WiT Singapore: Viator founder sets out the challenges for travel start-ups

WiT Singapore: Viator founder sets out the challenges for travel start-ups

Travel entrepreneurs can be too reluctant to talk strategy, event hears

Travel entrepreneurs should beware believing their own story and can be too reluctant to talk about their strategies, delegates at the Web in Travel Singapore conference heard.

Speaking during the innovation day at the annual event, Rod Cuthbert former chairman and chief executive of Viator and Rome2Rio, said founders should not play their cards too close to their chests.

“I see a lot of entrepreneurs that believe their own story. You tell your own posse your story because they are your own posse, and they believe you,” said Cuthbert.

He added owners must have self-awareness and should not “embrace the idea of mystery or secrecy” about their ideas.

People who they tell about their plans are highly unlikely to immediately steal them, but it is important to get a wide range of views about what you intend to do and how, Cuthbert said.

“Most of what you are doing is not that important on a global scale. It’s okay to talk about what you are doing. People are happy to wait and watch you fail because 80% of start-ups do fail.

“It’s best to air your idea, best to get it out there and look at the look on people’s faces. If they look at you quizzically ask them why they think it’s not going to work.”

Cuthbert said travel start-ups should be ready for any eventuality and prepare for bad timing. “Imagine being a start-up in Hong Kong or a Korean start-up focussed in the Japanese market.

“At Rome2Rio everything that could go wrong did go wrong. Things came as us from all different directions. Some are geopolitical events no one can control.

“But you have to deal with on a day to day basis. You have to make decisions. Most of the things that can go wrong in your business you have no control over. Do not be surprised when bad things happen.”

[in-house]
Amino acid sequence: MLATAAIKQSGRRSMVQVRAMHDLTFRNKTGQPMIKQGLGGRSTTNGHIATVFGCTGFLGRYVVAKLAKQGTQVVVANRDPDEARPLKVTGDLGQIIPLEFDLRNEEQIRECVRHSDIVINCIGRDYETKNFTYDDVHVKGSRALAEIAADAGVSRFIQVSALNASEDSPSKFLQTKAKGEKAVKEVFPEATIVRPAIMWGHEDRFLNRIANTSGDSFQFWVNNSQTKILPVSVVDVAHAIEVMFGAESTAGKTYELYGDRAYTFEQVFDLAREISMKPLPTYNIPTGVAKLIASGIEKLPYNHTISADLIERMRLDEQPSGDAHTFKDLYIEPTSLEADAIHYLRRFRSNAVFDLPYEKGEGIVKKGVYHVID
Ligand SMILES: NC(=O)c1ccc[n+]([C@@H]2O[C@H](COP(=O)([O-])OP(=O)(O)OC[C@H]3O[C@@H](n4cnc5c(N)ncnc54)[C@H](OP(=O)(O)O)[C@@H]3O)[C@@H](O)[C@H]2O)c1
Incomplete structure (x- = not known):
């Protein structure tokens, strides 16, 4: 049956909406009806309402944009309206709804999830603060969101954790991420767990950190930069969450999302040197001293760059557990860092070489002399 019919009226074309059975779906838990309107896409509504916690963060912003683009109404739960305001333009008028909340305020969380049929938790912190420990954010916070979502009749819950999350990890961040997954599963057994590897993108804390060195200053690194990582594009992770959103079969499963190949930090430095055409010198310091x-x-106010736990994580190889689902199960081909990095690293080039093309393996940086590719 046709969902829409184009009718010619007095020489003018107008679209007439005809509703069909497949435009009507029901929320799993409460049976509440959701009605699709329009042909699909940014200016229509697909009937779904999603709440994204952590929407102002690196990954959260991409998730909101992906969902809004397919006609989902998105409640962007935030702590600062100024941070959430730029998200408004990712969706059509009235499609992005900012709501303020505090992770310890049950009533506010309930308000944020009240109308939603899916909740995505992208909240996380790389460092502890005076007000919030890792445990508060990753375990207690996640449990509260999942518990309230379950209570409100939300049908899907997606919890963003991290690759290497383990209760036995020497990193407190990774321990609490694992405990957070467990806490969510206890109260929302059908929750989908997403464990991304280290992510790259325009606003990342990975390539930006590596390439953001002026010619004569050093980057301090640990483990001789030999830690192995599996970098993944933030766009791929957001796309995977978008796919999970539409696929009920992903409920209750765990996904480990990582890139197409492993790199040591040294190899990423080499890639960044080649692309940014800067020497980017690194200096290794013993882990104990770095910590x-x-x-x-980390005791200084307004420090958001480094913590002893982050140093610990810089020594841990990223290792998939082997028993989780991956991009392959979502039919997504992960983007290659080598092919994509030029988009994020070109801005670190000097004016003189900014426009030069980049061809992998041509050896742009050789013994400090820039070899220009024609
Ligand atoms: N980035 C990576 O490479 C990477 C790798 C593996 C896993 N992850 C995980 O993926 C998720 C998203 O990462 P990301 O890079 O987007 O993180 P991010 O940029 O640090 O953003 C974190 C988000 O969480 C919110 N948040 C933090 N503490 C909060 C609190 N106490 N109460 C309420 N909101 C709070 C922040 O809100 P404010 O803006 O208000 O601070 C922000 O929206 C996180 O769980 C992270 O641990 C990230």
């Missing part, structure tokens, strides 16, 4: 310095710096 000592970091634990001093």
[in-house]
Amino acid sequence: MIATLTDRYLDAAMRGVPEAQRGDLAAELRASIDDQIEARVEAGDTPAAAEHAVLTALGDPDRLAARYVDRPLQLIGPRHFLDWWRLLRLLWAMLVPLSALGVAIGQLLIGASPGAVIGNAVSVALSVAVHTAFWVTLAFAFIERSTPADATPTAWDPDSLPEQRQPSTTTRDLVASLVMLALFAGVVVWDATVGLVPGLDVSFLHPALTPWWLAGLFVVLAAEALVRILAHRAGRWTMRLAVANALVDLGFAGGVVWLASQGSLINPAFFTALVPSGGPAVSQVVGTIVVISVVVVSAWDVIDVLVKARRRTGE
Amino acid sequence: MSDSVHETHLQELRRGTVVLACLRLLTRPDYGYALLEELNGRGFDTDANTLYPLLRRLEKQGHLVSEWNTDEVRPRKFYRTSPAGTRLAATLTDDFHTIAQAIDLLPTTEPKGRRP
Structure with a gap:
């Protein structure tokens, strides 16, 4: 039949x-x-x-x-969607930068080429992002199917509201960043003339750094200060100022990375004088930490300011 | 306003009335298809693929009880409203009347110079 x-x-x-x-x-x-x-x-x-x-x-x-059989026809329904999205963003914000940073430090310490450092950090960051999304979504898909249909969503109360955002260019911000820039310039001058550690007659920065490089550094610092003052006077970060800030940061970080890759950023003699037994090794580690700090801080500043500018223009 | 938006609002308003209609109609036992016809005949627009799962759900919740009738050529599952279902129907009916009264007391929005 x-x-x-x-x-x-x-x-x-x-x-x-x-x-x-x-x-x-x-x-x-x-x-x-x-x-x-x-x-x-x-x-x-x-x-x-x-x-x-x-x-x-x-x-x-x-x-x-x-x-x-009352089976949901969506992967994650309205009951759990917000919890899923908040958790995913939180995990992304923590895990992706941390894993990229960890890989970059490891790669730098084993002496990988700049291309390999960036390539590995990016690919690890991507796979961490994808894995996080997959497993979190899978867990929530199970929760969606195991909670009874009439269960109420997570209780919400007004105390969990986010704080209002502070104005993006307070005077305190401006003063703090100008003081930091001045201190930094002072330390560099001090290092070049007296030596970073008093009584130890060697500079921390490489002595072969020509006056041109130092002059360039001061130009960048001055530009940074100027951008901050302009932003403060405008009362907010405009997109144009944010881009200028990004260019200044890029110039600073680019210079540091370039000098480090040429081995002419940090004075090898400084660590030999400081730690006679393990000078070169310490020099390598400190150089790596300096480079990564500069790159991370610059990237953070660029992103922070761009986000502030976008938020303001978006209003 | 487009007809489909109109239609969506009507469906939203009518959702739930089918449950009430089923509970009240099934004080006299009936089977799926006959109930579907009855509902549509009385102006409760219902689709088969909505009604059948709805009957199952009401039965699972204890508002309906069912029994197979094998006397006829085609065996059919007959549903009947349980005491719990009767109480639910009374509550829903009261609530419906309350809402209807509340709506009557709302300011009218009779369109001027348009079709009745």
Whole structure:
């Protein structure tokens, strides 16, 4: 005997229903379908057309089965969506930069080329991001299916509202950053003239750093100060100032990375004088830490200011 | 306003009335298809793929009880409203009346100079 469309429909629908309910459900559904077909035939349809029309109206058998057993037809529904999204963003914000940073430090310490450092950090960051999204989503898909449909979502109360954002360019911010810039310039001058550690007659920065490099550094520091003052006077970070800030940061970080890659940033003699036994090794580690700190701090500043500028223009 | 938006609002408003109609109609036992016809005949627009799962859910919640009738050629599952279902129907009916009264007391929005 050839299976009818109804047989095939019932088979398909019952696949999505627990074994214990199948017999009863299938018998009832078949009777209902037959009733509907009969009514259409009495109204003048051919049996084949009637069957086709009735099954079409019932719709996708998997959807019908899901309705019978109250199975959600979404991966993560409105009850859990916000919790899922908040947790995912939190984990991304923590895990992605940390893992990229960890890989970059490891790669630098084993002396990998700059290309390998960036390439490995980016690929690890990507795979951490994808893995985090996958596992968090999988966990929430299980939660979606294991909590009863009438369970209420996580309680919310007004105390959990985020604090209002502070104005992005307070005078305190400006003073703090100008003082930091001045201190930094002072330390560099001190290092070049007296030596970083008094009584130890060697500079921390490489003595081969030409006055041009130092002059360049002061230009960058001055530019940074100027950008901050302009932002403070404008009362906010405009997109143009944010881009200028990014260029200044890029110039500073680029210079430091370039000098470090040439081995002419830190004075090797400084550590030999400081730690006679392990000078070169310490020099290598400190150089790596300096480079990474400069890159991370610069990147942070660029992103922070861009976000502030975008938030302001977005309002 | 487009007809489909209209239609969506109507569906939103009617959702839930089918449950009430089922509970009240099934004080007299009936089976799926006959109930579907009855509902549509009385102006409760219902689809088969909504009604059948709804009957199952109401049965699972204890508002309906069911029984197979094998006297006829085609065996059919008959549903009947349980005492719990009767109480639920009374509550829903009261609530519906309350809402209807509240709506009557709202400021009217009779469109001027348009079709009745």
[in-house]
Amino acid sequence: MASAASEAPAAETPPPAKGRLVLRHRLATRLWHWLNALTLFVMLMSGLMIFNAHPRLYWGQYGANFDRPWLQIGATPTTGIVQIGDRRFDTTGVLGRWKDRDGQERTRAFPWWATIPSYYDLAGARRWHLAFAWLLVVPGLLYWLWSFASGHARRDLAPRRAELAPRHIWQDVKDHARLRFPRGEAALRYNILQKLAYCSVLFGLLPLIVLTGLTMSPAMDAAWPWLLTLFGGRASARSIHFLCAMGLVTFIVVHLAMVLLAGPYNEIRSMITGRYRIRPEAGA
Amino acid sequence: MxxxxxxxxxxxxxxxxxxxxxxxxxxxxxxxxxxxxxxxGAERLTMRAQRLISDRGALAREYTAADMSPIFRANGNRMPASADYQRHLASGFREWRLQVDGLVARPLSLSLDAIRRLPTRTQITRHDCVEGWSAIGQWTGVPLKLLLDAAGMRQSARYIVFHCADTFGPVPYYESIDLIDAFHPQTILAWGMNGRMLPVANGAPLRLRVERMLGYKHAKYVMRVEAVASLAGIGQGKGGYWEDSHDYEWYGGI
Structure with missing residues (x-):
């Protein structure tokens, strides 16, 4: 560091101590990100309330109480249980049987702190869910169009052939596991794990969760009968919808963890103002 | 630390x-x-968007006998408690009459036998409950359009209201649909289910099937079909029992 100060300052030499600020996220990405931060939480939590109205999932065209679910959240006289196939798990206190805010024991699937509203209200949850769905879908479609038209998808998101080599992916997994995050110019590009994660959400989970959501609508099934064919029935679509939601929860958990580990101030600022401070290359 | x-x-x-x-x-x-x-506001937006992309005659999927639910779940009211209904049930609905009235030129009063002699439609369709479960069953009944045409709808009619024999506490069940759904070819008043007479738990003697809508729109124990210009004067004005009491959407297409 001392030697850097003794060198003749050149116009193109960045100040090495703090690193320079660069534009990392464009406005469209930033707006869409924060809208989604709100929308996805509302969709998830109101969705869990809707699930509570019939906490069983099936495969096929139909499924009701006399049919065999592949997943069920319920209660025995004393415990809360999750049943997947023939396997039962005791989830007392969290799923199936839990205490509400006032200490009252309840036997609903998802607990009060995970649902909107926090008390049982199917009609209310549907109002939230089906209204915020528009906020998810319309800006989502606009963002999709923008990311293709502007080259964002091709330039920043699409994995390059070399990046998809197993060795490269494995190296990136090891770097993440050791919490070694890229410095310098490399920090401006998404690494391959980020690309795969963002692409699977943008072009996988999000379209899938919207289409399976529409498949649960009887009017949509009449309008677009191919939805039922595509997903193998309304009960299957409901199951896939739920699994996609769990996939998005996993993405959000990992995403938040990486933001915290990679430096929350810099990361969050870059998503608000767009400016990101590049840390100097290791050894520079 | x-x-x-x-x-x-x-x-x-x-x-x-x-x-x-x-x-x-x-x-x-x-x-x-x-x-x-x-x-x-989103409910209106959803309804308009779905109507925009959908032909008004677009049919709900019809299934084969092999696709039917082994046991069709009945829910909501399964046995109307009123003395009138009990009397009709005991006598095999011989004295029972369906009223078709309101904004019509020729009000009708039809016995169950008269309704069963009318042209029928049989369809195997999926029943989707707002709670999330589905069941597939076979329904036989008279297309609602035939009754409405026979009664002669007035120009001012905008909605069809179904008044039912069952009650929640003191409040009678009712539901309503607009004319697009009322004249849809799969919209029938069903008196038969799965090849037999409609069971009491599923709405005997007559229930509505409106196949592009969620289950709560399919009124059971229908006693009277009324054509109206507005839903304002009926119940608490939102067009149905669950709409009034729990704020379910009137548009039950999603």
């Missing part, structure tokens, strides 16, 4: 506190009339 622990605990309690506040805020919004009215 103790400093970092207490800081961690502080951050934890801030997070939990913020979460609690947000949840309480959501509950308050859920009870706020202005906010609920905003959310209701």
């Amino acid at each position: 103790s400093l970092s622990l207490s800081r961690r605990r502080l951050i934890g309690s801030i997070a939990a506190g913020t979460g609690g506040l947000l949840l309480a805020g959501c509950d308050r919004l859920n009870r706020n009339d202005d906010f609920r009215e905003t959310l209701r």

Cuthbert also warned delegates that everything takes longer than you think, including fundraising and technology development.

“That’s okay, it will probably be better when it’s finished because it takes longer.”

And Cuthbert said many founders surround themselves with too many C-suite senior recruits – people who decide what other people should be doing rather than being doers themselves.

He also said start-ups pivot at will but that firms which make wholesale changes to their business models rarely survive.

“If you do not have enough momentum it’s probably not your business plan it’s your forecasts that are wrong. Just change the forecasts and you will be on track again,” said Cuthbert.

“If you have a good idea stick with it. Do not throw the baby out with the bath water. Avoid shiny new things.”

Cuthbert added start-ups are like marriages, with the staff like children who start to take side when they see founders and senior director fall out over the direction of the company.

“You have to have a lot of give and take in a start-up otherwise it will spill over to your staff and they will start leaving a go somewhere else.”

The final challenge for founders is when they feel their investors “do not like you anymore”.

“That’s so common. You were the right person to do the first bit, but it turns out once you go beyond that you are maybe not the right person anymore.

“Maybe you are not the growth CEO that investors want to see. That’s okay. Go off and do something else.”

Cuthbert added: “None of these problems need necessary stop you. But the fact we are talking about them means at least they are in your mind and you won’t be too surprised if you encounter them.”